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Located in Arizona's resort community of Pinetop-Lakeside, Rainbow Lake's shores are lined with second homes and private lakeside vacation properties. With limited public access, Phoenix and Tucson residents can leave the rush behind and quietly melt into Navajo County's countryside. Surrounded by the scenic White Mountains in east-central Arizona, life at Rainbow Lake offers a combination of nature at its best and healthful activity in a small-town atmosphere.
In the mid-to-late 1800s Mormons settled a number of communities in Arizona, including Lakeside. In 1903 the settlers impounded Walnut Creek to create Rainbow Lake, part of Silver Creek subwatershed and Little Colorado watershed. Walnut Creek receives its water from a combination of sources - Adair and Big Springs and a diversion from Billy Creek. Water leaves Rainbow Lake through ditches also built in 1903. The lake's maximum depth of 14 feet and average depth of seven feet are now maintained by the Show Low Pinetop Woodlands Irrigation Company.
The Arizona Game and Fish Department oversees maintenance of Rainbow Lake's 116 acres. The state also owns a small campground near Rainbow Lake. While the campground is not directly on the waterfront, it is only a few hundred yards from Rainbow Lake dam. Restrooms, potable water and firewood make up the basic amenities. Boaters will find the only public boat ramp, paved parking lot and handicap accessible fishing pier at the northern end of the lake, also near the dam. Because the majority of Rainbow Lake's shoreline is privately owned, or shallow with weeds and grasses, fishing is best enjoyed by boat. Fish species include rainbow trout stocked in the spring and early summer, largemouth bass, channel catfish, bluegill and green sunfish. Illegally introduced northern pike are also found in Rainbow Lake. Anglers over the age of 13 will need to purchase an Arizona fishing license with trout stamps. The stated daily catch limit is "six trout for licensed anglers and three trout for unlicensed anglers age 13 or less." To maintain the residential atmosphere of the lake, boats are restricted to a maximum 10 horsepower gas motor. For a complete vacation package, boat rentals and private piers are available at select Rainbow Lake resorts.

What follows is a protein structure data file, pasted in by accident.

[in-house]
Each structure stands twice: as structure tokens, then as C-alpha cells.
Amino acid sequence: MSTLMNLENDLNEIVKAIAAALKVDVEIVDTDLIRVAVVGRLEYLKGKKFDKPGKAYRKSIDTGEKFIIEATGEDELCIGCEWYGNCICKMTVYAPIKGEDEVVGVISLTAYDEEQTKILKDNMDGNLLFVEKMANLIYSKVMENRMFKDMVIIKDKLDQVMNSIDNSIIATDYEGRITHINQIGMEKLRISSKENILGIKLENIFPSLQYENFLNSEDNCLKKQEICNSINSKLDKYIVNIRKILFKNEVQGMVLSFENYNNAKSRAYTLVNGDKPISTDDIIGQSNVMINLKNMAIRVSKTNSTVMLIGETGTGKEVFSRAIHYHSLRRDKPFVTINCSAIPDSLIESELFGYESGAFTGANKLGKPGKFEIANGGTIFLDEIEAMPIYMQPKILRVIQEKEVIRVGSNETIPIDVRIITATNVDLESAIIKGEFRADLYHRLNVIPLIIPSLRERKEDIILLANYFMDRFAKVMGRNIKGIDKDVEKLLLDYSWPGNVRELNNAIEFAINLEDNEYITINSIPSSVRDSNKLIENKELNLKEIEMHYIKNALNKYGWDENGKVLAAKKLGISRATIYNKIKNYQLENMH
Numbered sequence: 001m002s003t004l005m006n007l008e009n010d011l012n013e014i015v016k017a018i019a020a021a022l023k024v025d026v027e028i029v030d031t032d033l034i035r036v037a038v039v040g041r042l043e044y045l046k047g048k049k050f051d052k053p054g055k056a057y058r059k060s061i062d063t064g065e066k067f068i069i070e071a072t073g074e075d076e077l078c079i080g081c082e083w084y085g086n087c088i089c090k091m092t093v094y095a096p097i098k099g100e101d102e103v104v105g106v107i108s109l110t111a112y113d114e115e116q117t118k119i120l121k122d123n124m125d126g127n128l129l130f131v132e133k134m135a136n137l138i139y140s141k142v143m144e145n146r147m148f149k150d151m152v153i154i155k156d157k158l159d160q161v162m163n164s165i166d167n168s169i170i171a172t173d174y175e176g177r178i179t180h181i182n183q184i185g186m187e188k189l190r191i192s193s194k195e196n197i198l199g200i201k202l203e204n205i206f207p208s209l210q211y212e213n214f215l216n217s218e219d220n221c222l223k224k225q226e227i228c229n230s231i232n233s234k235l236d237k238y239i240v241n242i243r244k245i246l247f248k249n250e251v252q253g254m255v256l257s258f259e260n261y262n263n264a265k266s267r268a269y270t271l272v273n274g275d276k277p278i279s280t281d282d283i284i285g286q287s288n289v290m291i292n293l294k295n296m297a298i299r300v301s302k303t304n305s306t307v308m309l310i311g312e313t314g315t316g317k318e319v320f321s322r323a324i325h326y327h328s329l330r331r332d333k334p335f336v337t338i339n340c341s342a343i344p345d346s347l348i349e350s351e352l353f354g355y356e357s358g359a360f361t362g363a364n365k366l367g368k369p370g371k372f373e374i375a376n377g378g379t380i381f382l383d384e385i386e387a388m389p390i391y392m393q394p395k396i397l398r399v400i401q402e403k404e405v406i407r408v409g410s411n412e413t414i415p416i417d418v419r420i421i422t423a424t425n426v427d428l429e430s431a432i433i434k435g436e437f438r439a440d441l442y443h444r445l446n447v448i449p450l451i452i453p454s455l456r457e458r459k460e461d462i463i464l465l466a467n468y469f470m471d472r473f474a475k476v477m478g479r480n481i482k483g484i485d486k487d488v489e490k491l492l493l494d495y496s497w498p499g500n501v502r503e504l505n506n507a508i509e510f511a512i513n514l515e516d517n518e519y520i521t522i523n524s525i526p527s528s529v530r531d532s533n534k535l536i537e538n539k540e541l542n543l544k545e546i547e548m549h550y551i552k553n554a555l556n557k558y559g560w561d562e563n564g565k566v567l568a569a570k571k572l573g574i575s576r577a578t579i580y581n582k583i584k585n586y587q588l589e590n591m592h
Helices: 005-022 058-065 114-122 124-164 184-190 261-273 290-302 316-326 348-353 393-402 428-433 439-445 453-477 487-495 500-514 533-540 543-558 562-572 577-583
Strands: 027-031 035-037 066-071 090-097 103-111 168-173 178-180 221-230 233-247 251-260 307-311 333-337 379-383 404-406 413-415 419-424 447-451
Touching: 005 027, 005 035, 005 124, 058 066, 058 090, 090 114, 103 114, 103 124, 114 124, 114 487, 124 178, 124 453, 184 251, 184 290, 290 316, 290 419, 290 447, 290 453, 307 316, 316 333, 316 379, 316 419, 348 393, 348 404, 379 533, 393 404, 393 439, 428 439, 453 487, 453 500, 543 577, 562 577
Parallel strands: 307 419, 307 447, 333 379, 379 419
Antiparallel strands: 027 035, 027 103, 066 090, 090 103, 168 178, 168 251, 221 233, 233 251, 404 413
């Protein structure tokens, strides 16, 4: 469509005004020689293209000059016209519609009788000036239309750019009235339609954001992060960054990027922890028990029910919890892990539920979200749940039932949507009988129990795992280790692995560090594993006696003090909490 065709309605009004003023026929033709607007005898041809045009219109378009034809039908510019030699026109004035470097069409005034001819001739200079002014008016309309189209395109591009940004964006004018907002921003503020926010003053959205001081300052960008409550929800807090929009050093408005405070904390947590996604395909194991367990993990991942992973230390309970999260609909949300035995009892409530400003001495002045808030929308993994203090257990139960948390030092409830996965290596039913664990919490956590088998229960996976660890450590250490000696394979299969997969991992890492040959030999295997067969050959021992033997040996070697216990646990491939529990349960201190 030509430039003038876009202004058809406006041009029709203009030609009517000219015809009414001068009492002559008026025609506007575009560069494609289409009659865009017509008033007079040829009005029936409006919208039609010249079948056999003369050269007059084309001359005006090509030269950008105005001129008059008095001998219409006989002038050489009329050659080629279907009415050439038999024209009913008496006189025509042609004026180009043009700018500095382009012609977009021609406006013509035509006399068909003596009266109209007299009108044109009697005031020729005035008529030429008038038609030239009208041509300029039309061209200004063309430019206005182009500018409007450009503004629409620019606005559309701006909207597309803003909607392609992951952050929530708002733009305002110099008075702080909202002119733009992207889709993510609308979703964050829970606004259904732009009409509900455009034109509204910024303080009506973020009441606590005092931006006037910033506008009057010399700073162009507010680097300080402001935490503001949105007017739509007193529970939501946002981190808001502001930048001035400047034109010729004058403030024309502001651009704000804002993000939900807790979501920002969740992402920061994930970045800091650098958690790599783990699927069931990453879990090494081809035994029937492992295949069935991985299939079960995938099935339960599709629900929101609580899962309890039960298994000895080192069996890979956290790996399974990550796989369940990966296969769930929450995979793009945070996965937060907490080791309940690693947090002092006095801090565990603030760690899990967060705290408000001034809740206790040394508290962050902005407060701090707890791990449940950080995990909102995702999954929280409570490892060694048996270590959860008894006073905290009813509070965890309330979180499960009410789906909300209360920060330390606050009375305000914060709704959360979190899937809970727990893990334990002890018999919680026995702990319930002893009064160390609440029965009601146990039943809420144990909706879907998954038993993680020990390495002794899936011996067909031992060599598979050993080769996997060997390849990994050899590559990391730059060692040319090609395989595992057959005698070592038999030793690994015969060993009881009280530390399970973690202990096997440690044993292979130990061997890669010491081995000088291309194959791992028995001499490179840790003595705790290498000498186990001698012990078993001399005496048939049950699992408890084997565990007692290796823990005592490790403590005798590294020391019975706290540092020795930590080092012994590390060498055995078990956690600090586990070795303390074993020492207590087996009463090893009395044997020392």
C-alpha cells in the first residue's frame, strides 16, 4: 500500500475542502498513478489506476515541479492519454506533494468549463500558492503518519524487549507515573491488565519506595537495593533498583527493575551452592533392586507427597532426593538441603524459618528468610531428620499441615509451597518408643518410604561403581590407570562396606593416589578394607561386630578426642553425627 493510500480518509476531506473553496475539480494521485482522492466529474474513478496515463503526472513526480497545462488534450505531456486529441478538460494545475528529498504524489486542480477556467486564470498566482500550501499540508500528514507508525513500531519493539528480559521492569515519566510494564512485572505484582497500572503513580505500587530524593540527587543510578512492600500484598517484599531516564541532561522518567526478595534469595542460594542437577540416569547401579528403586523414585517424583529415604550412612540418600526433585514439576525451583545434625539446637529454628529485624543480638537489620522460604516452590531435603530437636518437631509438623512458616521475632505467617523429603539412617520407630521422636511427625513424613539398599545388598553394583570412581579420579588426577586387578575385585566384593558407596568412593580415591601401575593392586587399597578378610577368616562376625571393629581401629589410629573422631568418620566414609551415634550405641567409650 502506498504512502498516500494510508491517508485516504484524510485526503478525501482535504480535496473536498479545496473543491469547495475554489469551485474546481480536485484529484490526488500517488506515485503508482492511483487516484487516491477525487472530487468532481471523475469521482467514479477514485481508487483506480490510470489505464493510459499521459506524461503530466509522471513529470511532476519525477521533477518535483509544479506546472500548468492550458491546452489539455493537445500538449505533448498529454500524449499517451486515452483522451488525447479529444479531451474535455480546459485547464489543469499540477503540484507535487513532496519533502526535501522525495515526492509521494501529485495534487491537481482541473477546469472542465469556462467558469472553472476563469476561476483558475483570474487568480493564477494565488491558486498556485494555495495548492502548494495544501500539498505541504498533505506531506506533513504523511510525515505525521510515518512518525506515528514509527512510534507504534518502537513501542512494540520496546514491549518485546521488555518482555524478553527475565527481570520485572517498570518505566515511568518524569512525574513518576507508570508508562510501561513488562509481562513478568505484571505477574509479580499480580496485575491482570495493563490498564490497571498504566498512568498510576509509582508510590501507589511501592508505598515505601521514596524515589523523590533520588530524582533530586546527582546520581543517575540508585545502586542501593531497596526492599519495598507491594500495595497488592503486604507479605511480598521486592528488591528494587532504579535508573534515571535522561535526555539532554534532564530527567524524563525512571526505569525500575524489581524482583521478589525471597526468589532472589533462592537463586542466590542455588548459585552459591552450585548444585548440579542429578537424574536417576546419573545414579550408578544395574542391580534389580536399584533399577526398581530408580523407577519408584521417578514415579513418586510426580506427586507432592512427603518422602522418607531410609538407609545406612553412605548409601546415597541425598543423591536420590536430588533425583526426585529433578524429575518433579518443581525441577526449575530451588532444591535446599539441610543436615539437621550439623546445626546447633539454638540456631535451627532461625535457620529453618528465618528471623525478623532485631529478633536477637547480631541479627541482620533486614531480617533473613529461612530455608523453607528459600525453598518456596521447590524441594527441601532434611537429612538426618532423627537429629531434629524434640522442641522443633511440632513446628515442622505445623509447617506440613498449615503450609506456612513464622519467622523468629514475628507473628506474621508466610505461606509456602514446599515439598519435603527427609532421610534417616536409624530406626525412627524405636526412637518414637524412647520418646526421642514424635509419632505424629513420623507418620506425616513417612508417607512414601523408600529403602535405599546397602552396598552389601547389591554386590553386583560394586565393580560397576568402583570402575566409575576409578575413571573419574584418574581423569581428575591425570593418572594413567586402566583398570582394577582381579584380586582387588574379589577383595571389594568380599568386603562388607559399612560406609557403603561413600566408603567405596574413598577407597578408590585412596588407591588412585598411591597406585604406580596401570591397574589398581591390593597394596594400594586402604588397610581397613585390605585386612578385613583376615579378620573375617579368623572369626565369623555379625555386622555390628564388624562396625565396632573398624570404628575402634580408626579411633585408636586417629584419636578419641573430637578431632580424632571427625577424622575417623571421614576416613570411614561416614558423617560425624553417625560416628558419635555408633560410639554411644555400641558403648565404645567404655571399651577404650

Within Arizona's Northern Tourism Region and immediately north of Rainbow Lake, Woodland Lake Park also provides excellent fishing opportunities. Woodland Lake is found in a 583-acre park considered to be the "crown jewel" of Pinetop-Lakeside. Facilities found in this family-friendly park include tennis courts, softball fields, volleyball courts, picnic tables with shelters and nearby playgrounds. The park's four-mile trail is open for hiking, horseback riding and mountain biking.
A few miles northeast of Rainbow Lake, Scott Reservoir lies within Apache-Sitgreaves National Forest. In addition to stocked rainbow trout and channel catfish, this 80-acre lake holds generous populations of brown trout, largemouth bass, green sunfish, blue gill, black bull head, and carp. A boat ramp with barrier-free restrooms has been constructed along the lake's western shore. For those interested in the outdoors, a small campground with restrooms, tables and fire rings provides the peace and calm of a forest retreat while remaining close to Pinetop-Lakeside city limits.
Tha Apache-Sitgreaves National Forests cover over two million acres with some of the country's largest stands of ponderosa pines and dramatic geologic features. Just 12 miles north of Rainbow Lake, at the town of Show Low, the Mogollon Rim marks the southern edge of the Colorado Plateau. At elevations reaching 7,600 feet, canyons, cliffs and rolling terrain provide excellent viewpoints for hikers, wildlife watchers and photographers to capture the scenery or glimpses of antelope, elk, deer, bighorn sheep, small mammals, and reptiles. Almost 1,000 miles of hiking trails are found within the combined forest land including four National Recreation Trails: Eagle, Blue Ridge, Escudilla, and General George Crook.
An hour's drive north of Rainbow Lake will take you to the spectacular Petrified Forest National Park and the Painted Desert. The world's largest concentration of petrified wood is contained within the park's 342 square miles. At the northern end of the park the colorful remains of pine logs lie among hills and mountains "painted" by layer upon layer of colored rock. In addition to the geologic history found in the park, petroglyphs and archeological sites tell the ancestral history of the Navajo and Hopi Nations.
Bordering the town of Pinetop-Lakeside and only blocks west of Rainbow Lake is the Fort Apache Indian Reservation. Covering over 2,600 square miles, the land is held by the White Mountain Apache Tribe. The Apache Office of Tourism offers access to rafting, camping, fishing, hunting and skiing. Indoor attractions include a casino and cultural museum at Fort Apache Historic Park.
Lakefront property swept with refreshing cool mountain breezes is a rare commodity in Arizona. Place that lake in a small community of 5,000 people with family-friendly parks, intriguing historical attractions, winter skiing, and spectacular scenery, and you have created the perfect escape. Located 190 miles northeast of Phoenix and Tucson, Rainbow Lake vacation rentals and real estate properties make it possible for you to call the White Mountains home for a week or a lifetime.
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